Downtown Eugene dim sum restaurant nears opening

Downtown Eugene dim sum restaurant nears opening

By: Elon Glucklich

(Source: Register Guard, October 26 2016)


A long-neglected downtown Eugene building will soon be serving up bite-sized morsels of Chinese cuisine.

By mid-November, John Li plans to open Spice ‘n Steam, a dim ­sum-style Chinese restaurant, in a vacant 5,200-square-foot building at 165 W. 11th Ave., just west of The Kiva grocery store.

“The sooner the better,” Li said of the planned opening, adding he doesn’t have a specific date. “Right now I’m hiring for waitresses. I just want to get everybody trained more properly.”

Li is an immigrant from the Chinese city of Guangzhou who moved to Eugene 10 years ago. His family had operated a restaurant in Guangzhou, formerly called Canton.

He said he has a long-term lease on the West 11th Avenue building, which is owned by Eugene ­investor Ada Lee.

Dim sum offers individual bite-sized Chinese dishes, like dumplings, rice noodle rolls and steamed buns filled with various meats. Its origin traces back to Chinese tea houses centuries ago.

Li said he sees opportunities for customers in a downtown bustling with newer student-oriented housing. The Spice ‘n Steam building is a block north of the Capstone student housing complex, and a block south of the Lane Community College downtown housing complex.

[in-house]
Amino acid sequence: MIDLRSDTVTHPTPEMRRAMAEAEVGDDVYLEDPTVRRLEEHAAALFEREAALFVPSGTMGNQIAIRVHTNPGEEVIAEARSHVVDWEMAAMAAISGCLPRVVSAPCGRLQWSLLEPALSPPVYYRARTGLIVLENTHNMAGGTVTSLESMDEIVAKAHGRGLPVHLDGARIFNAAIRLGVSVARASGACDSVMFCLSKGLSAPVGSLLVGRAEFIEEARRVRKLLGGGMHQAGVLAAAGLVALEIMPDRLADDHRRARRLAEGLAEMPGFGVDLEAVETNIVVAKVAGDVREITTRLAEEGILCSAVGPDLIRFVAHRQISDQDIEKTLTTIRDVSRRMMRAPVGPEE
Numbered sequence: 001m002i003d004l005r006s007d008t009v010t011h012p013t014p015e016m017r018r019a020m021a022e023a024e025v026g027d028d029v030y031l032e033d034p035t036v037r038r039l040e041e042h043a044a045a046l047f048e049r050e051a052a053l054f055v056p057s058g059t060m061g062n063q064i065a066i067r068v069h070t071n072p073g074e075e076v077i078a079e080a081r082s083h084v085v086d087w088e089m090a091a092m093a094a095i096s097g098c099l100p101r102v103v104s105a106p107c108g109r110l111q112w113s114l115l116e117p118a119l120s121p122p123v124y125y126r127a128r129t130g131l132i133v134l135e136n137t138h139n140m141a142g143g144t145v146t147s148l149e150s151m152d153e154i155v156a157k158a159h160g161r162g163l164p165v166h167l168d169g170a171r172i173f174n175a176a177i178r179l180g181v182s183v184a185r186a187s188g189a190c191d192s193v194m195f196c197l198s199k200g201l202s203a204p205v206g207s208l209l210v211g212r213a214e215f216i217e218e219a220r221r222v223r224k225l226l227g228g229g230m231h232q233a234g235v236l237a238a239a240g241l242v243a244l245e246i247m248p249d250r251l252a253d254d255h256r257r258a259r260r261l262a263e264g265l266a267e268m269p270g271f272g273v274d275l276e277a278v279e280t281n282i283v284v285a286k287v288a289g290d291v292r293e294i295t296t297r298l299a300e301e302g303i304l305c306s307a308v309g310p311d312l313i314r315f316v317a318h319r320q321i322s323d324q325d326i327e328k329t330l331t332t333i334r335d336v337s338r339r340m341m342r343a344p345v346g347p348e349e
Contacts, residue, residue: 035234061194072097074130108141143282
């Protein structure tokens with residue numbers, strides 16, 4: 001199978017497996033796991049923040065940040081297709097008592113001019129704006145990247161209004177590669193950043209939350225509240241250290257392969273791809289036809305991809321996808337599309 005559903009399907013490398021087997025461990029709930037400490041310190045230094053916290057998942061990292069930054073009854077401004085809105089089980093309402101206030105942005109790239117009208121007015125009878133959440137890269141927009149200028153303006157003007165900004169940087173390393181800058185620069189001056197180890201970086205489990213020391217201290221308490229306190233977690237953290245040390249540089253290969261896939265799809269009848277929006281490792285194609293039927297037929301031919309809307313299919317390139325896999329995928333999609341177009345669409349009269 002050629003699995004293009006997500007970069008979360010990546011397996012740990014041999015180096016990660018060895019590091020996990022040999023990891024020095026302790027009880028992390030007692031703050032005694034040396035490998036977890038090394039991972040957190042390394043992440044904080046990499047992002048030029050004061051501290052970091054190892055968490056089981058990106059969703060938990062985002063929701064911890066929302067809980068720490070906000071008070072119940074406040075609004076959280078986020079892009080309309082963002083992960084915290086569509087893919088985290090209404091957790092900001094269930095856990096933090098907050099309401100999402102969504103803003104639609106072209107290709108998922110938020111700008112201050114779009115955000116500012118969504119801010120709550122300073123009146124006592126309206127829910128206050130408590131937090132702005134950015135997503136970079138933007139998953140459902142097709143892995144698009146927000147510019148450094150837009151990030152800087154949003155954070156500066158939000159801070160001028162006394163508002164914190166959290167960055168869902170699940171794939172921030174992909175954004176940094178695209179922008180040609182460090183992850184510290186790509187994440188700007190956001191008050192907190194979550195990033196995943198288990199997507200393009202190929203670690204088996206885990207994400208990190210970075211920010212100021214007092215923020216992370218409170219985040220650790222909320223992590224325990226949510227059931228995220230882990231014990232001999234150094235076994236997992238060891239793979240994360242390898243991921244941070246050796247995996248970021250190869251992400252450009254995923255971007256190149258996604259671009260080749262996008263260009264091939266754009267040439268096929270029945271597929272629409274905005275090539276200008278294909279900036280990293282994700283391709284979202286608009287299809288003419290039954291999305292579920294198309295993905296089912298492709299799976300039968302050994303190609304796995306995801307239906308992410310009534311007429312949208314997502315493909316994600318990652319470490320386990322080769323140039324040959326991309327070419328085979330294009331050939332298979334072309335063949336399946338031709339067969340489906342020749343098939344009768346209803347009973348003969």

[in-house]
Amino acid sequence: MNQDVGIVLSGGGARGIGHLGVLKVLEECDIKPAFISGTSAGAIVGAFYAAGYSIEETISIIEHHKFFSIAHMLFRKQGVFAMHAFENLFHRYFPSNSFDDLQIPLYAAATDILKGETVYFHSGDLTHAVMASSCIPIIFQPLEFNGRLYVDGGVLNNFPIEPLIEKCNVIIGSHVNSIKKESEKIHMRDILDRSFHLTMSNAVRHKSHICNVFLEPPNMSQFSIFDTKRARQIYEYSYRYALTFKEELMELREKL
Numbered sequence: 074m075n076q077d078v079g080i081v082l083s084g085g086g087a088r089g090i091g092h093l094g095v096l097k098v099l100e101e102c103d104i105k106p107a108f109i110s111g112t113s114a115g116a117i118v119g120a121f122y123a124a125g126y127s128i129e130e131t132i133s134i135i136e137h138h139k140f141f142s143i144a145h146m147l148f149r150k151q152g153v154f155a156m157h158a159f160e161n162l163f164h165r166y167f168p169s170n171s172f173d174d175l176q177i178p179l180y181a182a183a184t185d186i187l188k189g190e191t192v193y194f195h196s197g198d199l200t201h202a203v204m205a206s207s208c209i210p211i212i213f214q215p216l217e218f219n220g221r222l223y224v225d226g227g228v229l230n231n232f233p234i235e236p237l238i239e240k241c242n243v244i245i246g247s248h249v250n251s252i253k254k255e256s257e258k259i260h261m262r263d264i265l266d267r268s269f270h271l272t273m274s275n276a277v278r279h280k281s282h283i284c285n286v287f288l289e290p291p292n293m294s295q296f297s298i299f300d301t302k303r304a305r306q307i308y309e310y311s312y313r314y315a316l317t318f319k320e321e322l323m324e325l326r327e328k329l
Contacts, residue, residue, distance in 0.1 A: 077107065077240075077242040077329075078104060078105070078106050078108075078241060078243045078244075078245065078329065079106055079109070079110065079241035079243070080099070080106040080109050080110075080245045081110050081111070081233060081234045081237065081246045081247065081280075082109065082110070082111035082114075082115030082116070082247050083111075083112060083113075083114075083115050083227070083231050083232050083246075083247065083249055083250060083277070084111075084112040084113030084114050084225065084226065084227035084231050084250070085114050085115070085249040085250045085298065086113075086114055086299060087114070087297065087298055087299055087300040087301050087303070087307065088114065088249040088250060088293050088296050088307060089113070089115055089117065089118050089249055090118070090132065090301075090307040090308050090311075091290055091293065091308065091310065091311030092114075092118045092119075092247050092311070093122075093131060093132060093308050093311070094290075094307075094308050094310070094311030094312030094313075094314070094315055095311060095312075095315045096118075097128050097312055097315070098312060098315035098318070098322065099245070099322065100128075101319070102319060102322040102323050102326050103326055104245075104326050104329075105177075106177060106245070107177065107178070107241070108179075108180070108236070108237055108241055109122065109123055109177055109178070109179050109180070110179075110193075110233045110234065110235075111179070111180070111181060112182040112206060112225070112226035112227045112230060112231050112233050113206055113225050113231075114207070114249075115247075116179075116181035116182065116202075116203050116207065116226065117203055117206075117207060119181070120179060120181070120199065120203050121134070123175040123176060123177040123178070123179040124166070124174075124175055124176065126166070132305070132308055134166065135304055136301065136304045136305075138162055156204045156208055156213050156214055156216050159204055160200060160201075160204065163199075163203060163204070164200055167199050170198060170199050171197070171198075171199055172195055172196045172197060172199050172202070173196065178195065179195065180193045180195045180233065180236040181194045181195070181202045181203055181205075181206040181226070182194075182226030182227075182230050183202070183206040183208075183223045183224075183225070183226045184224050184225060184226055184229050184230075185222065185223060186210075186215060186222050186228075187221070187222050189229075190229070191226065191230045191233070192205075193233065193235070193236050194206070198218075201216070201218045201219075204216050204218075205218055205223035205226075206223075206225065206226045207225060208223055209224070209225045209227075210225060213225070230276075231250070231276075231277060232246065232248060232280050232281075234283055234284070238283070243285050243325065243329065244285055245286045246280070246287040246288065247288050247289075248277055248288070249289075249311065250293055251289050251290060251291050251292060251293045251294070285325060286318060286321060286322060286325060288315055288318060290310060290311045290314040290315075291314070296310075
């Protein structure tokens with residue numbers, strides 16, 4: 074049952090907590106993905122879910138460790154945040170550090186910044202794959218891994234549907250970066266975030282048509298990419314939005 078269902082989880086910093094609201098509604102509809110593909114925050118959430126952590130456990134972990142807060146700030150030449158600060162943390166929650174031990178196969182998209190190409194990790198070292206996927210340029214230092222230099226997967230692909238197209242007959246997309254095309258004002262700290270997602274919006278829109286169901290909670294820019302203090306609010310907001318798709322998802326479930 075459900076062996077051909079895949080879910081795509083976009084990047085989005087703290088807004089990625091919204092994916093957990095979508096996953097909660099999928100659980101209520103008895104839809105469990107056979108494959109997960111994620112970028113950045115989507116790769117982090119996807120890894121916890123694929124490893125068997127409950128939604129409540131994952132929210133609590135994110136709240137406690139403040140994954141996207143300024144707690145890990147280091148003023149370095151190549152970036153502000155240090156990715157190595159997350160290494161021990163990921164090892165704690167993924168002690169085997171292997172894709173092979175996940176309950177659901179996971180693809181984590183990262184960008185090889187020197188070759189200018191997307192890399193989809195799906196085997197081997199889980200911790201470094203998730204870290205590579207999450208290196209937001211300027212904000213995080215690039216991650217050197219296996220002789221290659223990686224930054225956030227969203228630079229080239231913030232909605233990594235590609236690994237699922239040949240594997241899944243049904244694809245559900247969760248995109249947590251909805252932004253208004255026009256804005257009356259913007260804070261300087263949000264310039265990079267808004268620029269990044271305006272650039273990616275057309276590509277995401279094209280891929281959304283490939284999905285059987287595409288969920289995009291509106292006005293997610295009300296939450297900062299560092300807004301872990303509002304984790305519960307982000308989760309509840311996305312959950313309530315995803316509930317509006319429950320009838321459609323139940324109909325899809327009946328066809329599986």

It’s also across West 11th Avenue from the nearly complete Home2 Suites by Hilton.

Numerous businesses have come and gone from the building since it was constructed in 1950. Ada Lee, the longtime owner of the property, operated Cathay’s Chinese Restaurant there in the 1950s and 1960s, an architect who represents Li wrote to the city last year. Lee owns more than a dozen properties around Eugene.

More recently, the West 11th building housed tenants including Rejuvenation Health Spa, La Ola Verde Day Spa and Doc’s Pad Restaurant & Sports Lounge, which has since moved to Willamette Street, according to Eugene and Lane County records.

But the building, which boasts a 30-foot-high decorative tower, has sat vacant since around 2010, when a tenant began remodeling the building but never opened there, the architect representing Li wrote.

It became a magnet for graffiti artists before Li began remodeling the building.

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